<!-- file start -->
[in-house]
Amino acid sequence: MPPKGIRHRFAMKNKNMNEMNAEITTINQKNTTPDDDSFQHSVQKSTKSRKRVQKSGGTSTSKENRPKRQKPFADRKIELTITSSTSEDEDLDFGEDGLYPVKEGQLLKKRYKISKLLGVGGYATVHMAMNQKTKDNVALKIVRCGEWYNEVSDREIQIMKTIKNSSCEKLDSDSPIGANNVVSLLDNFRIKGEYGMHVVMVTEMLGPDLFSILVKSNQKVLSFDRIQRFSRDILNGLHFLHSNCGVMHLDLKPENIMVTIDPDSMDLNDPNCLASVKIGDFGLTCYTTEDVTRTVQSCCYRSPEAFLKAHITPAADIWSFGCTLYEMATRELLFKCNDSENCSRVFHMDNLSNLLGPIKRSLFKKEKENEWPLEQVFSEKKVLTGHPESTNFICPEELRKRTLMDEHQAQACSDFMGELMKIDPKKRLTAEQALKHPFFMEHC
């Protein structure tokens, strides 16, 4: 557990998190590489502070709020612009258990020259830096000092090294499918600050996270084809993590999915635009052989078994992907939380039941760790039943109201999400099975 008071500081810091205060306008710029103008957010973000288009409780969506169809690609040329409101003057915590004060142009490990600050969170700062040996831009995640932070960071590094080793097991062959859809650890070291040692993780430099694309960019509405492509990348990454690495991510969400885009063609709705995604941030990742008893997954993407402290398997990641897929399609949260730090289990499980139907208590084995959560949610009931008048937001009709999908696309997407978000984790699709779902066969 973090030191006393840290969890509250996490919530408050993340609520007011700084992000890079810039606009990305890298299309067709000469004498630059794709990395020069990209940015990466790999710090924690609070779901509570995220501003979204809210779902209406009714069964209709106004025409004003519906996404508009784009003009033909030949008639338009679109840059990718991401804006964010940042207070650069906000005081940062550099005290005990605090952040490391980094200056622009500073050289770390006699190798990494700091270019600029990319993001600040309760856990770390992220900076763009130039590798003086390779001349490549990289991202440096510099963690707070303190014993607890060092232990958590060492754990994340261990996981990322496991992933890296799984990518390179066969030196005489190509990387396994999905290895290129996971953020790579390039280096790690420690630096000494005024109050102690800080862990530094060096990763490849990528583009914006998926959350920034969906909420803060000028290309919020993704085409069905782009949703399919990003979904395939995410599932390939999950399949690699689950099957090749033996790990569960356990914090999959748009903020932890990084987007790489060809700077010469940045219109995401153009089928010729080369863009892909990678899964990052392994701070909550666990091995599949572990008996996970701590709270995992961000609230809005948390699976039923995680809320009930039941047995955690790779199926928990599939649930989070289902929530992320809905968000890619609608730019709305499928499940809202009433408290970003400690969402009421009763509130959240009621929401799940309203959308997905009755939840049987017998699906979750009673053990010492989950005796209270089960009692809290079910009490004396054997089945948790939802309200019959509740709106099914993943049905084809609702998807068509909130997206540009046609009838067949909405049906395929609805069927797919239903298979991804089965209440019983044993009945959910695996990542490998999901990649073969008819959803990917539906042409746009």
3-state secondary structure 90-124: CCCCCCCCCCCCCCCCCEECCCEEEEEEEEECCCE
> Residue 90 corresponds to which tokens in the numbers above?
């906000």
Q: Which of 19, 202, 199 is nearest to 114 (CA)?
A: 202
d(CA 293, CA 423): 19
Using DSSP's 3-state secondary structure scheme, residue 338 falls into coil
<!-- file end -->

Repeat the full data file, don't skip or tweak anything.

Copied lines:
[in-house]
Amino acid sequence: MPPKGIRHRFAMKNKNMNEMNAEITTINQKNTTPDDDSFQHSVQKSTKSRKRVQKSGGTSTSKENRPKRQKPFADRKIELTITSSTSEDEDLDFGEDGLYPVKEGQLLKKRYKISKLLGVGGYATVHMAMNQKTKDNVALKIVRCGEWYNEVSDREIQIMKTIKNSSCEKLDSDSPIGANNVVSLLDNFRIKGEYGMHVVMVTEMLGPDLFSILVKSNQKVLSFDRIQRFSRDILNGLHFLHSNCGVMHLDLKPENIMVTIDPDSMDLNDPNCLASVKIGDFGLTCYTTEDVTRTVQSCCYRSPEAFLKAHITPAADIWSFGCTLYEMATRELLFKCNDSENCSRVFHMDNLSNLLGPIKRSLFKKEKENEWPLEQVFSEKKVLTGHPESTNFICPEELRKRTLMDEHQAQACSDFMGELMKIDPKKRLTAEQALKHPFFMEHC
């Protein structure tokens, strides 16, 4: 557990998190590489502070709020612009258990020259830096000092090294499918600050996270084809993590999915635009052989078994992907939380039941760790039943109201999400099975 008071500081810091205060306008710029103008957010973000288009409780969506169809690609040329409101003057915590004060142009490990600050969170700062040996831009995640932070960071590094080793097991062959859809650890070291040692993780430099694309960019509405492509990348990454690495991510969400885009063609709705995604941030990742008893997954993407402290398997990641897929399609949260730090289990499980139907208590084995959560949610009931008048937001009709999908696309997407978000984790699709779902066969 973090030191006393840290969890509250996490919530408050993340609520007011700084992000890079810039606009990305890298299309067709000469004498630059794709990395020069990209940015990466790999710090924690609070779901509570995220501003979204809210779902209406009714069964209709106004025409004003519906996404508009784009003009033909030949008639338009679109840059990718991401804006964010940042207070650069906000005081940062550099005290005990605090952040490391980094200056622009500073050289770390006699190798990494700091270019600029990319993001600040309760856990770390992220900076763009130039590798003086390779001349490549990289991202440096510099963690707070303190014993607890060092232990958590060492754990994340261990996981990322496991992933890296799984990518390179066969030196005489190509990387396994999905290895290129996971953020790579390039280096790690420690630096000494005024109050102690800080862990530094060096990763490849990528583009914006998926959350920034969906909420803060000028290309919020993704085409069905782009949703399919990003979904395939995410599932390939999950399949690699689950099957090749033996790990569960356990914090999959748009903020932890990084987007790489060809700077010469940045219109995401153009089928010729080369863009892909990678899964990052392994701070909550666990091995599949572990008996996970701590709270995992961000609230809005948390699976039923995680809320009930039941047995955690790779199926928990599939649930989070289902929530992320809905968000890619609608730019709305499928499940809202009433408290970003400690969402009421009763509130959240009621929401799940309203959308997905009755939840049987017998699906979750009673053990010492989950005796209270089960009692809290079910009490004396054997089945948790939802309200019959509740709106099914993943049905084809609702998807068509909130997206540009046609009838067949909405049906395929609805069927797919239903298979991804089965209440019983044993009945959910695996990542490998999901990649073969008819959803990917539906042409746009």
3-state secondary structure 90-124: CCCCCCCCCCCCCCCCCEECCCEEEEEEEEECCCE
> Residue 90 corresponds to which tokens in the numbers above?
């906000």
Q: Which of 19, 202, 199 is nearest to 114 (CA)?
A: 202
d(CA 293, CA 423): 19
Using DSSP's 3-state secondary structure scheme, residue 338 falls into coil